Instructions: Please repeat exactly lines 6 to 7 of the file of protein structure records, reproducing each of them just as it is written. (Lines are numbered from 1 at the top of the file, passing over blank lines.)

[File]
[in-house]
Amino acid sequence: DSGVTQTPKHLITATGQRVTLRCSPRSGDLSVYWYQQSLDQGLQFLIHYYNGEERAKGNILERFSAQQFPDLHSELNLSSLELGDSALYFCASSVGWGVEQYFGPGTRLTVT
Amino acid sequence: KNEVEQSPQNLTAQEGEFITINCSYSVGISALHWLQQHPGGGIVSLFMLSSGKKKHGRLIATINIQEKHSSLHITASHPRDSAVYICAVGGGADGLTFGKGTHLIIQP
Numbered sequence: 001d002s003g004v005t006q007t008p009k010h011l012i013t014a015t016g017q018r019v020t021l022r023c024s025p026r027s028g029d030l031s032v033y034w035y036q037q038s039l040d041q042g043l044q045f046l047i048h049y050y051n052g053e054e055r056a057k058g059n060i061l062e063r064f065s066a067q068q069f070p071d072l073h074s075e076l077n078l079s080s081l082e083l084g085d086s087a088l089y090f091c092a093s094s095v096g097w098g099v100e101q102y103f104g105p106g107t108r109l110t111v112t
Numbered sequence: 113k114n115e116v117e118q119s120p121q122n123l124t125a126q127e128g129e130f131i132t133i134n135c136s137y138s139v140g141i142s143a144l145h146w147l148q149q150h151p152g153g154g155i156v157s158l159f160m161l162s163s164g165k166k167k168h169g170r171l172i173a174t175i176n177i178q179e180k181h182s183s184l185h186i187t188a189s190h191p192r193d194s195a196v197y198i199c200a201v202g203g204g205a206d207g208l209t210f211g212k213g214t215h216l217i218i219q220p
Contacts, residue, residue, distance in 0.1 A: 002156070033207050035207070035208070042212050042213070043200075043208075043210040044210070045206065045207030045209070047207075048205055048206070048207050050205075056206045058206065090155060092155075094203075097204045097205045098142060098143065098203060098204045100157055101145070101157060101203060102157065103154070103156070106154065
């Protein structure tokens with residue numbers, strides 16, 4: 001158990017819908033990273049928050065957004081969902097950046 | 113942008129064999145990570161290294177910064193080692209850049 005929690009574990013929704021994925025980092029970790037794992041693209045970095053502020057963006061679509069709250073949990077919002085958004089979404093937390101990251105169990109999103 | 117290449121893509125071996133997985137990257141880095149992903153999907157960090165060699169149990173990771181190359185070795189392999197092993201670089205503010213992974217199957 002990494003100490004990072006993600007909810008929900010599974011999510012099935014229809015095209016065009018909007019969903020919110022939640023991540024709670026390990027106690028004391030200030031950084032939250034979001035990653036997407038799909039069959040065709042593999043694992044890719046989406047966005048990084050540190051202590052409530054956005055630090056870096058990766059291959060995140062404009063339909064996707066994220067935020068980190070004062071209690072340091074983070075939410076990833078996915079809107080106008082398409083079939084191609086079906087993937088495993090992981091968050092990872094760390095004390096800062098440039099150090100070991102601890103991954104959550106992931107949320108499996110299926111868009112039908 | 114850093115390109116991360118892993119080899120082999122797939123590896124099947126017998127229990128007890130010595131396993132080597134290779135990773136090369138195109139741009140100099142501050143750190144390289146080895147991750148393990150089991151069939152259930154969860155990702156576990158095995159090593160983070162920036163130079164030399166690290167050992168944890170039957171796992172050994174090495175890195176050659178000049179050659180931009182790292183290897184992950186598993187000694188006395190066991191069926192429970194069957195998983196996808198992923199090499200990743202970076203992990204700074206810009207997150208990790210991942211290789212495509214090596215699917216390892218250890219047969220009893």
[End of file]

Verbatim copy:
Contacts, residue, residue, distance in 0.1 A: 002156070033207050035207070035208070042212050042213070043200075043208075043210040044210070045206065045207030045209070047207075048205055048206070048207050050205075056206045058206065090155060092155075094203075097204045097205045098142060098143065098203060098204045100157055101145070101157060101203060102157065103154070103156070106154065
């Protein structure tokens with residue numbers, strides 16, 4: 001158990017819908033990273049928050065957004081969902097950046 | 113942008129064999145990570161290294177910064193080692209850049 005929690009574990013929704021994925025980092029970790037794992041693209045970095053502020057963006061679509069709250073949990077919002085958004089979404093937390101990251105169990109999103 | 117290449121893509125071996133997985137990257141880095149992903153999907157960090165060699169149990173990771181190359185070795189392999197092993201670089205503010213992974217199957 002990494003100490004990072006993600007909810008929900010599974011999510012099935014229809015095209016065009018909007019969903020919110022939640023991540024709670026390990027106690028004391030200030031950084032939250034979001035990653036997407038799909039069959040065709042593999043694992044890719046989406047966005048990084050540190051202590052409530054956005055630090056870096058990766059291959060995140062404009063339909064996707066994220067935020068980190070004062071209690072340091074983070075939410076990833078996915079809107080106008082398409083079939084191609086079906087993937088495993090992981091968050092990872094760390095004390096800062098440039099150090100070991102601890103991954104959550106992931107949320108499996110299926111868009112039908 | 114850093115390109116991360118892993119080899120082999122797939123590896124099947126017998127229990128007890130010595131396993132080597134290779135990773136090369138195109139741009140100099142501050143750190144390289146080895147991750148393990150089991151069939152259930154969860155990702156576990158095995159090593160983070162920036163130079164030399166690290167050992168944890170039957171796992172050994174090495175890195176050659178000049179050659180931009182790292183290897184992950186598993187000694188006395190066991191069926192429970194069957195998983196996808198992923199090499200990743202970076203992990204700074206810009207997150208990790210991942211290789212495509214090596215699917216390892218250890219047969220009893």